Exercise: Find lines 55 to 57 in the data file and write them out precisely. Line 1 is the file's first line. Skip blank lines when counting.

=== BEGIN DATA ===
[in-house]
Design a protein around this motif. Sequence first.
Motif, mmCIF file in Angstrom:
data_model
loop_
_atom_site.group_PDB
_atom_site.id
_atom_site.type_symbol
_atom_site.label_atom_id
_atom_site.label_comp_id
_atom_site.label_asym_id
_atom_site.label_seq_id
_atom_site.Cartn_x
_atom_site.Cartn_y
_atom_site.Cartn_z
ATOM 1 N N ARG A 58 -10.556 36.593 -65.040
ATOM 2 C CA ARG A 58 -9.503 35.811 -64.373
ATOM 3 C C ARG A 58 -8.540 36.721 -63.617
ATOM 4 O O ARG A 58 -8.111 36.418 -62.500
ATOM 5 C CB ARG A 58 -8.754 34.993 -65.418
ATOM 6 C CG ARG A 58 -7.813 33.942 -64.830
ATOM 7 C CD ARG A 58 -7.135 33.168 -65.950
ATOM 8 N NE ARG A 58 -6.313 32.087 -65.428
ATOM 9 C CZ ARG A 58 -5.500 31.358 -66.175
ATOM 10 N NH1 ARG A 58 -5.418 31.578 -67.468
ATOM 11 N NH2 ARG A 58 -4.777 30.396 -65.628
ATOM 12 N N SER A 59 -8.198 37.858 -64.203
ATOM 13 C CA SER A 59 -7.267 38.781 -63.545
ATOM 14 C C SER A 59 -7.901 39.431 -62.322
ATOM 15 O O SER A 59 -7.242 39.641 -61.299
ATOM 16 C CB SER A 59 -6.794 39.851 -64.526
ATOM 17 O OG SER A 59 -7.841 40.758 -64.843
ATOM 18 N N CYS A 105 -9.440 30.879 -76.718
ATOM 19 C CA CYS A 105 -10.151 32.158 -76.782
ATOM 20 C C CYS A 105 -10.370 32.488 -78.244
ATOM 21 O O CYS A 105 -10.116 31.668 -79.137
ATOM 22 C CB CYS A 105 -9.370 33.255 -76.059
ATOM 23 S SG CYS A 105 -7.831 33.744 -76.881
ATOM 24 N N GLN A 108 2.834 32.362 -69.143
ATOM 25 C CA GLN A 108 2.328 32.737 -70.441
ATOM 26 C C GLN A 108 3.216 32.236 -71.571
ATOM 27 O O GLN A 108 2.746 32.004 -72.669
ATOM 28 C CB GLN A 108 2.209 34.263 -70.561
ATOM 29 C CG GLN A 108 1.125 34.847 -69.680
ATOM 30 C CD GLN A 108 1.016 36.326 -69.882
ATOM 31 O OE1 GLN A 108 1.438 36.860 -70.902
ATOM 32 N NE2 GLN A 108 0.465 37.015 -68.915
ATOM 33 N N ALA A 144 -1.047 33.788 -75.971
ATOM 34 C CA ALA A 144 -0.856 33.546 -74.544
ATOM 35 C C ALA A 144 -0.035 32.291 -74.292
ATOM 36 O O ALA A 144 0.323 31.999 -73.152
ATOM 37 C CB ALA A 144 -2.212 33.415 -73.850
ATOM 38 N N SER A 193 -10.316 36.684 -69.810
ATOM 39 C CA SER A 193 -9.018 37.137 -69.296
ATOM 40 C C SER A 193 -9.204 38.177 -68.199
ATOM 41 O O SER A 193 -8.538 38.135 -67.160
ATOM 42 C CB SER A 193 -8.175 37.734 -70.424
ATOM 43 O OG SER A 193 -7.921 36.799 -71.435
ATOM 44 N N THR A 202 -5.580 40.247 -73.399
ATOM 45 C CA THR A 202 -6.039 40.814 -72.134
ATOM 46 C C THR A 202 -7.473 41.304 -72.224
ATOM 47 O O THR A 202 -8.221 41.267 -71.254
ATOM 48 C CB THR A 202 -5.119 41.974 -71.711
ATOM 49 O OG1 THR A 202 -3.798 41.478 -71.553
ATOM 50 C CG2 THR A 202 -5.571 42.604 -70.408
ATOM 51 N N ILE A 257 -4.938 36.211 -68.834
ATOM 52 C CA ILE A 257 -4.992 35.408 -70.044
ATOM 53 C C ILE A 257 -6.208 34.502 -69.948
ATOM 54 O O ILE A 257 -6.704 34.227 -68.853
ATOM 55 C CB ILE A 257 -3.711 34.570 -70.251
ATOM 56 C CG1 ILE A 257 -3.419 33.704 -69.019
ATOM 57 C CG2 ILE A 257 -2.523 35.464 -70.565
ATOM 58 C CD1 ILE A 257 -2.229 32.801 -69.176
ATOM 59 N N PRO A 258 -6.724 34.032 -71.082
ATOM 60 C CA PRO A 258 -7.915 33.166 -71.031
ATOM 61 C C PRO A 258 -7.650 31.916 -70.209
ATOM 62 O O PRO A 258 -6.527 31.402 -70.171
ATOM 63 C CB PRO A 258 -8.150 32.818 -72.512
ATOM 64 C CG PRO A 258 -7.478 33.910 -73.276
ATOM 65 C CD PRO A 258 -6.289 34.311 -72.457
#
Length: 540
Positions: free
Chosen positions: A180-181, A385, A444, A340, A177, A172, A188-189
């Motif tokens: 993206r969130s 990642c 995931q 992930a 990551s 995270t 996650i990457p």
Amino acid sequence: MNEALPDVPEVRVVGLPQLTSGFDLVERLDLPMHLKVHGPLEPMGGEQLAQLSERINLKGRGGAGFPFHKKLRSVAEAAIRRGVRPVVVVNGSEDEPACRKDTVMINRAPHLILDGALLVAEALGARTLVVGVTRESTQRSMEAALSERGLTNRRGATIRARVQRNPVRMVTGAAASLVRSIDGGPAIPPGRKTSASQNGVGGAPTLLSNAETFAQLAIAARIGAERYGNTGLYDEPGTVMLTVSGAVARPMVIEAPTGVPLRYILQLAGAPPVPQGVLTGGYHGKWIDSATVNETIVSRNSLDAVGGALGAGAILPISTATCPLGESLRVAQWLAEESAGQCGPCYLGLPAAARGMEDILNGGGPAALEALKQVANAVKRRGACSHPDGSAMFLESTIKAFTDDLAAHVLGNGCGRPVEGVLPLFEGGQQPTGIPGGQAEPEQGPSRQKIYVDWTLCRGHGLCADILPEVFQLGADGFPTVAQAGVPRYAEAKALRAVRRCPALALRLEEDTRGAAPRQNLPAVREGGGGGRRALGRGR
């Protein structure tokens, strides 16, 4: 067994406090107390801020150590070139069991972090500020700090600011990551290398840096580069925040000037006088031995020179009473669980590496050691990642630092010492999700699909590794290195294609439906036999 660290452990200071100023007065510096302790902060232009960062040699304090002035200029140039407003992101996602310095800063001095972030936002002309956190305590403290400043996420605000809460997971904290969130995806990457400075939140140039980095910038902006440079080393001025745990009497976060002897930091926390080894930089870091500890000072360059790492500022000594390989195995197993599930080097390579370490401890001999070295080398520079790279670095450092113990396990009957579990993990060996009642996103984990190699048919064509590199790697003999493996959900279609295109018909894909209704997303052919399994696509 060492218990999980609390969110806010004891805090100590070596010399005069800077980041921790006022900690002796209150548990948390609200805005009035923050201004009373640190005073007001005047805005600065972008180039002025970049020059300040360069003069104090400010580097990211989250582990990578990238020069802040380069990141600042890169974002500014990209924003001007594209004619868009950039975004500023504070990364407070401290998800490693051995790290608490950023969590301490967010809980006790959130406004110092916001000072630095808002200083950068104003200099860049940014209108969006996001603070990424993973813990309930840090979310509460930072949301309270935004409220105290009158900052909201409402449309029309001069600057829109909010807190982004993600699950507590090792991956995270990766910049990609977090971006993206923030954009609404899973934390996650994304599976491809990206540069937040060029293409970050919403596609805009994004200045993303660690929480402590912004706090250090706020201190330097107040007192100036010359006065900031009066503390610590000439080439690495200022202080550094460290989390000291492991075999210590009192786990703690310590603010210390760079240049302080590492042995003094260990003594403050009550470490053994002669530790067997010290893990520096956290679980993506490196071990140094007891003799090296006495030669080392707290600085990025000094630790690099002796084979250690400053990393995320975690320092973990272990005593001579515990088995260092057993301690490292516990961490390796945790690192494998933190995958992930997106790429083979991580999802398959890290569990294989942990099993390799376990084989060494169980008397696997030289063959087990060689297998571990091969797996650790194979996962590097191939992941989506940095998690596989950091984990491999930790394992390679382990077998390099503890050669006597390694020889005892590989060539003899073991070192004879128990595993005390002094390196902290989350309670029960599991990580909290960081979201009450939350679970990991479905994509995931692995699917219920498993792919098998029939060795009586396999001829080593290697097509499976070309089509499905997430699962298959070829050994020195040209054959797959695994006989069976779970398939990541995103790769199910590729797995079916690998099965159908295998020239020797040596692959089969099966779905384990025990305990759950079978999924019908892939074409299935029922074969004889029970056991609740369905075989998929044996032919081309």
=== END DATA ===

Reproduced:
ATOM 40 C C SER A 193 -9.204 38.177 -68.199
ATOM 41 O O SER A 193 -8.538 38.135 -67.160
ATOM 42 C CB SER A 193 -8.175 37.734 -70.424